Finance

Michael P. Regan is a Bloomberg Gadfly columnist covering equities and financial services. He has covered stocks for Bloomberg News as a columnist and editor since 2007. He previously worked for the Associated Press.

(Updated )

I will not write about Martin Shkreli this week... I will not write about Martin Shkreli this week... I WILL NOT write about Martin Shkreli this week... .

But, aw shucks, what else this week could compare to the current poster-boy villain of capitalism, the smirk seen 'round the world, the guy who pleaded the Fifth to Congress even when he was simply asked about his record collection?

Luckily, ABC this week provided a throwback look at arguably the greatest villain of capitalism in history, a man whose scheme and smirk were so over-the-top that they make this whole Shkreli business look like child's play. Of course we're talking about none other than Bernard L. Madoff. He was played in the mini-series by Richard Dreyfus, who gives a great "Goodfellas"-like narration of how Bernie built his scheme with an endless supply of fake documents and even fake computer screens showing fake options pair trades and a fake account with the DTCC clearinghouse.

Since Madoff's day, of course, spotting the next great Ponzi scheme has become a popular parlor game, with mixed results. Harry Markopolos, who uncovered Madoff, is warning of three new Ponzi schemes, according to ABC. Just on Friday, Business Insider reported that hedge-fund manager Kyle Bass is accusing United Development Funding IV of  exhibiting "characteristics consistent with a Ponzi scheme." The REIT in question, for its part, says it's a victim of a “short and distort” strategy. Bass acknowledged on a website that he set up to promote his argument that he has accumulated a short position in UDF.  

Cliffhanger
Shares of United Development Funding IV have been under pressure amid criticism of its business.
Source: Bloomberg

The Madoff mini-series was a reminder of how remarkably hard taking down a Ponzi scheme can be, even when the party involved is not just showing "characteristics consistent" with a Ponzi scheme but running a full-on, no-holds-barred Ponzi strategy. One way to describe Madoff would be: "History's largest Ponzi scheme that collapsed in December 2008." Another completely truthful description would be: "A New York-based market maker and money management firm that survived the global financial crisis longer than Bear Stearns, Lehman Brothers, IndyMac, Countrywide Financial and an independent Merrill Lynch."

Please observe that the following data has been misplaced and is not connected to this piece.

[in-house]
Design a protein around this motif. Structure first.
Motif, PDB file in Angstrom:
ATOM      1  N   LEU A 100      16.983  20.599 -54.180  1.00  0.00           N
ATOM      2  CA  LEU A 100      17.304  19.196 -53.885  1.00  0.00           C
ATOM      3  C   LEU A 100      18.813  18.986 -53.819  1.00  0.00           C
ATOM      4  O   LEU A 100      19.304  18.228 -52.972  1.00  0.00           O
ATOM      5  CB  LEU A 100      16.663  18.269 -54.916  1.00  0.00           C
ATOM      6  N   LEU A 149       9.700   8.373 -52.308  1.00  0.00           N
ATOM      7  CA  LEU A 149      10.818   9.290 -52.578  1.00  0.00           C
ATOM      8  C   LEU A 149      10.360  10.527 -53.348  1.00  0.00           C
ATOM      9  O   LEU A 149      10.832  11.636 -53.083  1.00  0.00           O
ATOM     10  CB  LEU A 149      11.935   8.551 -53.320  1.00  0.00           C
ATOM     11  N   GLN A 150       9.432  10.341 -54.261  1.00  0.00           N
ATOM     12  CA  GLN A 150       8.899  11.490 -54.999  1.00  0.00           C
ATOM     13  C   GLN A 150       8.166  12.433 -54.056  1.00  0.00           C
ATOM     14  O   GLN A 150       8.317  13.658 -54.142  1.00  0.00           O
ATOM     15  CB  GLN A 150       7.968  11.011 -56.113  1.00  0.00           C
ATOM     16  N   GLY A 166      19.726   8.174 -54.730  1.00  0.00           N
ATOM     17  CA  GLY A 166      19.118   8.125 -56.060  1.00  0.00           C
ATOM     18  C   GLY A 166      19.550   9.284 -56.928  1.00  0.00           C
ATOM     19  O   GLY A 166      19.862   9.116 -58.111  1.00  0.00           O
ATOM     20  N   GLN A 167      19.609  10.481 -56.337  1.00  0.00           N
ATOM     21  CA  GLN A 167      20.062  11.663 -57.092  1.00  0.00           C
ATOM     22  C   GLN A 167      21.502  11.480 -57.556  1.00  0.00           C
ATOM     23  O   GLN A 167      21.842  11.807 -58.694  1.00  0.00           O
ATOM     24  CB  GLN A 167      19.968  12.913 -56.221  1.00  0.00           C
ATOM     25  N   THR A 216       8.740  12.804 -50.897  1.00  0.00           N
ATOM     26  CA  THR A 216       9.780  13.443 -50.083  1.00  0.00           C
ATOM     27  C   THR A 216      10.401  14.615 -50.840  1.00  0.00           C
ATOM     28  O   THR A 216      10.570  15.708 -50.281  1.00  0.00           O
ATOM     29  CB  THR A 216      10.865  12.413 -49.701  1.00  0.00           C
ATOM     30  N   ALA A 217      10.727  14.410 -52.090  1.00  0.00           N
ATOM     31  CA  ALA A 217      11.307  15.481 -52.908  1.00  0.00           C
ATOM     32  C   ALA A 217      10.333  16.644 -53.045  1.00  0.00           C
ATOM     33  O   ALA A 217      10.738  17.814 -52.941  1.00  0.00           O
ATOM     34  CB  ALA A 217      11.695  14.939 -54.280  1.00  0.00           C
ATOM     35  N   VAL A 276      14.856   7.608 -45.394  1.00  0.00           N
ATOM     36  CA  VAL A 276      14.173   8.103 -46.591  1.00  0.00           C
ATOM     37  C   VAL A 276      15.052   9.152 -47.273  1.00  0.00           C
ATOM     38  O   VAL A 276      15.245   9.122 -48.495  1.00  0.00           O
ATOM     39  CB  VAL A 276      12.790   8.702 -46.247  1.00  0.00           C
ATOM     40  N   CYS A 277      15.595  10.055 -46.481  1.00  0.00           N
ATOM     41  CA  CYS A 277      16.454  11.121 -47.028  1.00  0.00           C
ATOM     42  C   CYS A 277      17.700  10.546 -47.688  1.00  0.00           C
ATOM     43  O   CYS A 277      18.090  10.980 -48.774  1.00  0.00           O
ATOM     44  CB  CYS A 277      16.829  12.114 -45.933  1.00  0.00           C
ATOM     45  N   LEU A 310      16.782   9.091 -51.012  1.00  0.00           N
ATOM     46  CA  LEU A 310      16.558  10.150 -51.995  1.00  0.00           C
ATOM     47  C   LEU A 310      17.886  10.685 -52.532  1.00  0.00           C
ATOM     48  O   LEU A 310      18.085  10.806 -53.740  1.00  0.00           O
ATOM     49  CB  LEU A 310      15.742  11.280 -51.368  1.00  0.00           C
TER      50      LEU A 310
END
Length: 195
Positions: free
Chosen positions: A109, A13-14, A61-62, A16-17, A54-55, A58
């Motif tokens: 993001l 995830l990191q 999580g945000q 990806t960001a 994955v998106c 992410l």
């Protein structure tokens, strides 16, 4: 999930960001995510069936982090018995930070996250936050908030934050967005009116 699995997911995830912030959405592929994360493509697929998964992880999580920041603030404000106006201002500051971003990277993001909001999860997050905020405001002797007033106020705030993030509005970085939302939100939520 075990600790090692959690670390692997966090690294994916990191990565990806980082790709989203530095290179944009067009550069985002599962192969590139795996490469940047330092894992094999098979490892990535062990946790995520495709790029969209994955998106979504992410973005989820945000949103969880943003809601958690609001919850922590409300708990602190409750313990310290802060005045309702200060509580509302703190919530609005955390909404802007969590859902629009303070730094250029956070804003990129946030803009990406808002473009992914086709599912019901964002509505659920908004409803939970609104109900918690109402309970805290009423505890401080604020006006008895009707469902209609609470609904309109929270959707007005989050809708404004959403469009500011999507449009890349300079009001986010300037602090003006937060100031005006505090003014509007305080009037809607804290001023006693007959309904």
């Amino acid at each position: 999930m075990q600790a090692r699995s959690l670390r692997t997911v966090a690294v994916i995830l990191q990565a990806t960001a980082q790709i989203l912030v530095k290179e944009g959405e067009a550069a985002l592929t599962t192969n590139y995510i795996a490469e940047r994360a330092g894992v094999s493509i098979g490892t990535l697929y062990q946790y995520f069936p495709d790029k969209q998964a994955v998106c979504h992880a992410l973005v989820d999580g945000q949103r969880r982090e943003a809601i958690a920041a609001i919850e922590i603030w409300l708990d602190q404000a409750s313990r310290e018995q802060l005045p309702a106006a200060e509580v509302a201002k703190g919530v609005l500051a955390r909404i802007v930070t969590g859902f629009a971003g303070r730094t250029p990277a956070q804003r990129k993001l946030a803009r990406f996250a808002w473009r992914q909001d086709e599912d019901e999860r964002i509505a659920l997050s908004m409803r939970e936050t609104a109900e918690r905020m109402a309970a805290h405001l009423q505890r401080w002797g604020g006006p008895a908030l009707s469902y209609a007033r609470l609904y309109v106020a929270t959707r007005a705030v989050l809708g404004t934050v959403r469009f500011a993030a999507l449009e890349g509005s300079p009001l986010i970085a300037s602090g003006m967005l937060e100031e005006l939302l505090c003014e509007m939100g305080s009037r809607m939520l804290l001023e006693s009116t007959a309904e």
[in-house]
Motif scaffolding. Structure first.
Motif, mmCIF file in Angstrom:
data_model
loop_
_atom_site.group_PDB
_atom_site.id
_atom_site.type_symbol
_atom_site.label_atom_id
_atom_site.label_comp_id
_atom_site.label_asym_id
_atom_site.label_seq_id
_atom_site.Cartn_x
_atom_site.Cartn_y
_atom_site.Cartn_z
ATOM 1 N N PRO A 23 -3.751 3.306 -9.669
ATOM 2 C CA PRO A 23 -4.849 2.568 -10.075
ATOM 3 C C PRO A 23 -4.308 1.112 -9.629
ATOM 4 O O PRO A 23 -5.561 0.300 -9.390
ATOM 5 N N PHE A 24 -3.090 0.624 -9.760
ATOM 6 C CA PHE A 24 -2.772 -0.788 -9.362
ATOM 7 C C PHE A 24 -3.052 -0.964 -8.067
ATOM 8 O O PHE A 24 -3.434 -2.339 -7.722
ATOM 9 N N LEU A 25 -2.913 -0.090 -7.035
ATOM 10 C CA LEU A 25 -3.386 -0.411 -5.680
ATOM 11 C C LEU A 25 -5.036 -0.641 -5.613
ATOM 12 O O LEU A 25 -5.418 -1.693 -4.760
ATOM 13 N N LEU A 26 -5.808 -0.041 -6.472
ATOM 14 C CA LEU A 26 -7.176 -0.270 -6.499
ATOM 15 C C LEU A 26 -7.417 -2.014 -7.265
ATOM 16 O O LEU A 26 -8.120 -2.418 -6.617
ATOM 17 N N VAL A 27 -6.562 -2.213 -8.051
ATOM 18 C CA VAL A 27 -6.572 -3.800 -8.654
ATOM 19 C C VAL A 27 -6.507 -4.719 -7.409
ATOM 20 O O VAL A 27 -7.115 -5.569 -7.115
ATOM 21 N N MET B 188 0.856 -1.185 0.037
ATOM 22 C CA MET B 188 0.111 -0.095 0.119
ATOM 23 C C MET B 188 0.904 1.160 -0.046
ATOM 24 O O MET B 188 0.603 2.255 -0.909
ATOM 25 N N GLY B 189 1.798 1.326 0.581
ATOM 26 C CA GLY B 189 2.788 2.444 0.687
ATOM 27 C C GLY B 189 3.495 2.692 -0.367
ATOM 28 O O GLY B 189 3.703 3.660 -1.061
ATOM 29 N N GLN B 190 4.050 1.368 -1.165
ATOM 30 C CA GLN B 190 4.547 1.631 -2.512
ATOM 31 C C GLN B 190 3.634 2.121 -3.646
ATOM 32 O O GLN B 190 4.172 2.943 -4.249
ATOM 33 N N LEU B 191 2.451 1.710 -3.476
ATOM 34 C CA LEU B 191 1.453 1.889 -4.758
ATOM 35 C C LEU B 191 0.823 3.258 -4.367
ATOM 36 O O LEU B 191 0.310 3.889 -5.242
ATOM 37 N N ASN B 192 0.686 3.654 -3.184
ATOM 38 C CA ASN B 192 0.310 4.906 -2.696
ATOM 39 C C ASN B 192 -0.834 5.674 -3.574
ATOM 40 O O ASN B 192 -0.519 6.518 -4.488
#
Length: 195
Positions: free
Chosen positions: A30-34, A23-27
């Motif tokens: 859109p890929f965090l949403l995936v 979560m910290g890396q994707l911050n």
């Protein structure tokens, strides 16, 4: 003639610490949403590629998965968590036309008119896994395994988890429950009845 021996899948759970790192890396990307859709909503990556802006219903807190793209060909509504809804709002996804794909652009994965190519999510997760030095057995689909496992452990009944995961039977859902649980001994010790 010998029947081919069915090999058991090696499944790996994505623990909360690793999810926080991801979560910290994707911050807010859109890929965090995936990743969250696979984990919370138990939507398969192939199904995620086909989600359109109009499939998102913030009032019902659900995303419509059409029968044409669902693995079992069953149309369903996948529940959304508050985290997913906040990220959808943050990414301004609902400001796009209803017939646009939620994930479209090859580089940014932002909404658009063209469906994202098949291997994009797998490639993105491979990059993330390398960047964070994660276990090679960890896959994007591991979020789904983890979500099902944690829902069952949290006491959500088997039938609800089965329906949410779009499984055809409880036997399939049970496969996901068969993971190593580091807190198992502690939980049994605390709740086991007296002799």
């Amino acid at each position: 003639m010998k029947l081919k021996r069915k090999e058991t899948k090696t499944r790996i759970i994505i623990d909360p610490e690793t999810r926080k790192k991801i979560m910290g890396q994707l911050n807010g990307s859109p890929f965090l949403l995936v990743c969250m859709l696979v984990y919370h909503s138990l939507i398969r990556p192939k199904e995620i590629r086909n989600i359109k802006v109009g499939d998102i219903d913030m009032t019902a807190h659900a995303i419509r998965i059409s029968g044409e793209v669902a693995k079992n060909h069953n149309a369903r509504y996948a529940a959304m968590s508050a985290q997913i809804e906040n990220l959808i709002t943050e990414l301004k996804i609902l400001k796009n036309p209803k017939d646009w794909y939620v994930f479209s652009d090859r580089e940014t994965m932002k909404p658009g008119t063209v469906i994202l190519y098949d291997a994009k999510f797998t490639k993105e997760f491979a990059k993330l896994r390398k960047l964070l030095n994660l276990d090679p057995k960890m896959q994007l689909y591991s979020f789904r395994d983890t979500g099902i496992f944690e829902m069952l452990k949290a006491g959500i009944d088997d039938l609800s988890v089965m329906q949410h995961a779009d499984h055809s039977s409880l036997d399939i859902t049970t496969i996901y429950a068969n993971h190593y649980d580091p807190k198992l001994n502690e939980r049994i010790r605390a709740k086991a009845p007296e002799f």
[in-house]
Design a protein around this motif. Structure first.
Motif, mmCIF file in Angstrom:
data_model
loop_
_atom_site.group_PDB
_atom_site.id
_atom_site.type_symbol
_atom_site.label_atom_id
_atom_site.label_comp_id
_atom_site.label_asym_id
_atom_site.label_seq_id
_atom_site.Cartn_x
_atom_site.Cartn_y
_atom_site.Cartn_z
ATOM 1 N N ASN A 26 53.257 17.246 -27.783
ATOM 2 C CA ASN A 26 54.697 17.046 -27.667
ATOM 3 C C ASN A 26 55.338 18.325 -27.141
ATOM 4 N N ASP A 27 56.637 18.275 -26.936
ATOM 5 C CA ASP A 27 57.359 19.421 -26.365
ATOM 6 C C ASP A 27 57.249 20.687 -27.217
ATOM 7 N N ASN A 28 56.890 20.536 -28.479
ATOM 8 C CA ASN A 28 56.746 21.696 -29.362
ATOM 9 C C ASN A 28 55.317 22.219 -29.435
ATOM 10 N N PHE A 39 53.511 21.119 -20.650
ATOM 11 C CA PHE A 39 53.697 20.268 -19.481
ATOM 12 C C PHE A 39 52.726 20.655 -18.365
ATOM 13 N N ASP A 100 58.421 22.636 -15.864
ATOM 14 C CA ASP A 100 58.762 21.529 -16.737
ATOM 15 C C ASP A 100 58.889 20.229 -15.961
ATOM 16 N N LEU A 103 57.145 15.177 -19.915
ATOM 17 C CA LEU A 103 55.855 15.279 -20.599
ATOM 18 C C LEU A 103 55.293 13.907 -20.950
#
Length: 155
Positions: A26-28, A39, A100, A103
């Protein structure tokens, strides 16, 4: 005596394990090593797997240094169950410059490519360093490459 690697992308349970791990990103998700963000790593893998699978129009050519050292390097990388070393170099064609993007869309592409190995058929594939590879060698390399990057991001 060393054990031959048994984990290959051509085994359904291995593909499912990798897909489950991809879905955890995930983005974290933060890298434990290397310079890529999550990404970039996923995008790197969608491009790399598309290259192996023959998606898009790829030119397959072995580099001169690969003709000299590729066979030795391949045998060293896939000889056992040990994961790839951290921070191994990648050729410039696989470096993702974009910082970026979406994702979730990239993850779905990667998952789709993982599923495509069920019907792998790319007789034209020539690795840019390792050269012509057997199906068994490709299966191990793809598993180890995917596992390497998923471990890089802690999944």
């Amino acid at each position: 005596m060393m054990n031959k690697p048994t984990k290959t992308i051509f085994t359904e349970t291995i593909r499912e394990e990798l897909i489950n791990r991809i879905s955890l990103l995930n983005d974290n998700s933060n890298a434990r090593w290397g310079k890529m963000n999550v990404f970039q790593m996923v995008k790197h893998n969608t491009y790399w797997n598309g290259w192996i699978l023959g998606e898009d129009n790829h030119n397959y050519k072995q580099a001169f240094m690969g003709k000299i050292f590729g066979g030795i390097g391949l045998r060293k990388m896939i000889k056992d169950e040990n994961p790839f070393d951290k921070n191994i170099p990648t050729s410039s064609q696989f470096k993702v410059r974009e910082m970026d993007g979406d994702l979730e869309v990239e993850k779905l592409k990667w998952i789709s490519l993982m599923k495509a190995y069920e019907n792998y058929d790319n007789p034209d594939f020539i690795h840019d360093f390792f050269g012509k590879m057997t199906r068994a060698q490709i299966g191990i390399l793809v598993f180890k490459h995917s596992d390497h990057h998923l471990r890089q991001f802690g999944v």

In the television version of the Madoff saga, one of the most dramatic moments is when one of his sons demands that he be allowed to participate in the "asset management" part of the firm. Madoff shoots him down, saying he'll know when his sons are ready. But just for the sake of a thought experiment, what if he took that opportunity to use his bottomless charm to invite his sons -- or some other young go-getters -- into the fold?

Imagine dialogue along these lines:

"Look, son, I'm going to come clean. I've been running a Ponzi scheme all these years. And I agree with you, I think it's time you got involved. Here's what I need you to do. We've saturated pretty much all of the opportunity set among the gray hairs in New York, Florida and Europe. I need you to go West, young man. Head on out to Silicon Valley and tell every punk in a hoodie you see that you're very sorry, but you simply can't get them into the Madoff fund, no matter how many billions they have. Go see Gates, go see Bezos, go see Larry and Sergey. Cuban. Andreessen. All of them. Give them my card but tell them they probably shouldn't even bother calling, since only a super genius could convince your old man to let them into the fund. I'll take care of the rest. Just pick up some more Funyuns for Mom before you go."

Indeed, the mind marvels at what Madoff could have accomplished if he had just encouraged the next generation to take the ball and run with it. Imagine all the innovative new financial products that could have easily been tailored to the Madoff business model. The natural first step would be an exchange-traded fund (ticker symbol "PONZ" apparently is still available). If there was skepticism about the net-asset values of the Bernie ETF, no problem! Simply offer an inverse Bernie security, triple-leveraged of course. 

The explosion in popularity of index funds would be no risk at all. Madoff could simply have offered both active and passive Ponzi, what difference would it make? There could be Smart Bernie Beta products, peer-to-Ponzi lending platforms, even a digital currency called (what else?) BernieCoin! For the millennials looking for automated investment advice, could we interest you in our new product, Robo Bernie? 

In short, it's worth contemplating on this dreary pre-Super Bowl Friday: What if the only flaw in the Madoff business model was poor succession planning? 

This column does not necessarily reflect the opinion of Bloomberg LP and its owners.

(Adds confirmation from hedge-fund manager Kyle Bass that he has acquired a short position in United Development Funding IV.)

  1. It's hard to say whether it's "too soon" to make jokes about Madoff. Certainly it is for the victims. If you're one of them, we apologize and advise you stop reading now because there are a bunch of Madoff jokes coming. 

To contact the author of this story:
Michael P. Regan in New York at mregan12@bloomberg.net

To contact the editor responsible for this story:
Daniel Niemi at dniemi1@bloomberg.net